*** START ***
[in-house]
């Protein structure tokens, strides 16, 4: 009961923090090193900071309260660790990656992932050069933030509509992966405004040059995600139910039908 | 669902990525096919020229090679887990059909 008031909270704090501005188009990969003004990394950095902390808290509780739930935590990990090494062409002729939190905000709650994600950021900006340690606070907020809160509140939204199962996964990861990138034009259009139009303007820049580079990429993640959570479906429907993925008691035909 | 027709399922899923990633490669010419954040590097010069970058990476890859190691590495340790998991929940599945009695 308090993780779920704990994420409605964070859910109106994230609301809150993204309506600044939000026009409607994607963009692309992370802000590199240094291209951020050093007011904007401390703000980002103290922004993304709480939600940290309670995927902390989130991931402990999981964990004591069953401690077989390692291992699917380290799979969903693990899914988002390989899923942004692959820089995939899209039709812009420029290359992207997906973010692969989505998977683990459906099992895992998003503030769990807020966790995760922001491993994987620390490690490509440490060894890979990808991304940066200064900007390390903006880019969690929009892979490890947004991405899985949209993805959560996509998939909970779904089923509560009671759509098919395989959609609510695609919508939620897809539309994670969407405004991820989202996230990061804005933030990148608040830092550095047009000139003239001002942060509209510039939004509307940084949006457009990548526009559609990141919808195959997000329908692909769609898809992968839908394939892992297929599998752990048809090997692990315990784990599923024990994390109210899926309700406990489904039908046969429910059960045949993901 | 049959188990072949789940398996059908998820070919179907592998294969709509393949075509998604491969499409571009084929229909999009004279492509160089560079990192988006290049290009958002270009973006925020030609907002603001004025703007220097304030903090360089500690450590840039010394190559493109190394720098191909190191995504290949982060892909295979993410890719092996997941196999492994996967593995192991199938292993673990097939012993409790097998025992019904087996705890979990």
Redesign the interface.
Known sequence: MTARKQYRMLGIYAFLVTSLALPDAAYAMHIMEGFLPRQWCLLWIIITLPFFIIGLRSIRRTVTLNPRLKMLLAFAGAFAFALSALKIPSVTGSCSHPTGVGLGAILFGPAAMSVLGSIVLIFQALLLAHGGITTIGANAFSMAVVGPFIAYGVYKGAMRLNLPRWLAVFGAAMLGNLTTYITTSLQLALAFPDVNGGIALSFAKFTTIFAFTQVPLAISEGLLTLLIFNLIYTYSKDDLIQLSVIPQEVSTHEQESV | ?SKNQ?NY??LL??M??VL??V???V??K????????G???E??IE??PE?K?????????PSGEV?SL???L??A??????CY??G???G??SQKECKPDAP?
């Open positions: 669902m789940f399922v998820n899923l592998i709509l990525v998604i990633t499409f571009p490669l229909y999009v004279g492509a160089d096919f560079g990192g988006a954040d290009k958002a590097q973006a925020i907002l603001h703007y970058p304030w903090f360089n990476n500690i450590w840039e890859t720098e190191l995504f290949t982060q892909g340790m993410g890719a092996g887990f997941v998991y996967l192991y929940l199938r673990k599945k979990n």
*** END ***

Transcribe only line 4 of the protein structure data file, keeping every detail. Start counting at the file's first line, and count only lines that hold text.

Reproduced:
Known sequence: MTARKQYRMLGIYAFLVTSLALPDAAYAMHIMEGFLPRQWCLLWIIITLPFFIIGLRSIRRTVTLNPRLKMLLAFAGAFAFALSALKIPSVTGSCSHPTGVGLGAILFGPAAMSVLGSIVLIFQALLLAHGGITTIGANAFSMAVVGPFIAYGVYKGAMRLNLPRWLAVFGAAMLGNLTTYITTSLQLALAFPDVNGGIALSFAKFTTIFAFTQVPLAISEGLLTLLIFNLIYTYSKDDLIQLSVIPQEVSTHEQESV | ?SKNQ?NY??LL??M??VL??V???V??K????????G???E??IE??PE?K?????????PSGEV?SL???L??A??????CY??G???G??SQKECKPDAP?